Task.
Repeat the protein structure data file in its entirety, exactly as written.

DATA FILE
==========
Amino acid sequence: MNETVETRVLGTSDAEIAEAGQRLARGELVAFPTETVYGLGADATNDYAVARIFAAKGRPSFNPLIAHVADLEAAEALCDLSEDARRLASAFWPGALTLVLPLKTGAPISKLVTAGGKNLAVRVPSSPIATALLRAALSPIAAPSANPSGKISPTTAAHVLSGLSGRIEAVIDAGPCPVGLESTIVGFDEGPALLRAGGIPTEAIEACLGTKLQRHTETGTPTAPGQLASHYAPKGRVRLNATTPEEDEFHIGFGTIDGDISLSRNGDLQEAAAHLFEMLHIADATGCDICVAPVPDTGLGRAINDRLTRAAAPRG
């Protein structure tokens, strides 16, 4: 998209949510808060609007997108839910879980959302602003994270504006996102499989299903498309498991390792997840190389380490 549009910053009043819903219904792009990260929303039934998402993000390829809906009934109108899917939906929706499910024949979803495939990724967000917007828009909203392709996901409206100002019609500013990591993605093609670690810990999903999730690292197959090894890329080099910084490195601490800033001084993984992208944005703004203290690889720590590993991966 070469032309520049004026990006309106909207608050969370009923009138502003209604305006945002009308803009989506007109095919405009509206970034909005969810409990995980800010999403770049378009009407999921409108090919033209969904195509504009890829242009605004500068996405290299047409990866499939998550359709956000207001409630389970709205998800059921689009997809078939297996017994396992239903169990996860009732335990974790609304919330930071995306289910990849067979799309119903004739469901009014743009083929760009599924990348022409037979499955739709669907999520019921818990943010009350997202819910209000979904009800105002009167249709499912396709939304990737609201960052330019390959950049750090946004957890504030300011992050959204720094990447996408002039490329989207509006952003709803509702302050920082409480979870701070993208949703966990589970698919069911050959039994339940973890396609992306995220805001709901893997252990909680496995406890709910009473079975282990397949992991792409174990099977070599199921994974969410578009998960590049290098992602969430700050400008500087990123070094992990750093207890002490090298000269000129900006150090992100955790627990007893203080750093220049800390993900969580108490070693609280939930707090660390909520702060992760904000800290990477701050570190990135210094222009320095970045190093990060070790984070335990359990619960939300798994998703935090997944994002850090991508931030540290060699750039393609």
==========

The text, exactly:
Amino acid sequence: MNETVETRVLGTSDAEIAEAGQRLARGELVAFPTETVYGLGADATNDYAVARIFAAKGRPSFNPLIAHVADLEAAEALCDLSEDARRLASAFWPGALTLVLPLKTGAPISKLVTAGGKNLAVRVPSSPIATALLRAALSPIAAPSANPSGKISPTTAAHVLSGLSGRIEAVIDAGPCPVGLESTIVGFDEGPALLRAGGIPTEAIEACLGTKLQRHTETGTPTAPGQLASHYAPKGRVRLNATTPEEDEFHIGFGTIDGDISLSRNGDLQEAAAHLFEMLHIADATGCDICVAPVPDTGLGRAINDRLTRAAAPRG
């Protein structure tokens, strides 16, 4: 998209949510808060609007997108839910879980959302602003994270504006996102499989299903498309498991390792997840190389380490 549009910053009043819903219904792009990260929303039934998402993000390829809906009934109108899917939906929706499910024949979803495939990724967000917007828009909203392709996901409206100002019609500013990591993605093609670690810990999903999730690292197959090894890329080099910084490195601490800033001084993984992208944005703004203290690889720590590993991966 070469032309520049004026990006309106909207608050969370009923009138502003209604305006945002009308803009989506007109095919405009509206970034909005969810409990995980800010999403770049378009009407999921409108090919033209969904195509504009890829242009605004500068996405290299047409990866499939998550359709956000207001409630389970709205998800059921689009997809078939297996017994396992239903169990996860009732335990974790609304919330930071995306289910990849067979799309119903004739469901009014743009083929760009599924990348022409037979499955739709669907999520019921818990943010009350997202819910209000979904009800105002009167249709499912396709939304990737609201960052330019390959950049750090946004957890504030300011992050959204720094990447996408002039490329989207509006952003709803509702302050920082409480979870701070993208949703966990589970698919069911050959039994339940973890396609992306995220805001709901893997252990909680496995406890709910009473079975282990397949992991792409174990099977070599199921994974969410578009998960590049290098992602969430700050400008500087990123070094992990750093207890002490090298000269000129900006150090992100955790627990007893203080750093220049800390993900969580108490070693609280939930707090660390909520702060992760904000800290990477701050570190990135210094222009320095970045190093990060070790984070335990359990619960939300798994998703935090997944994002850090991508931030540290060699750039393609």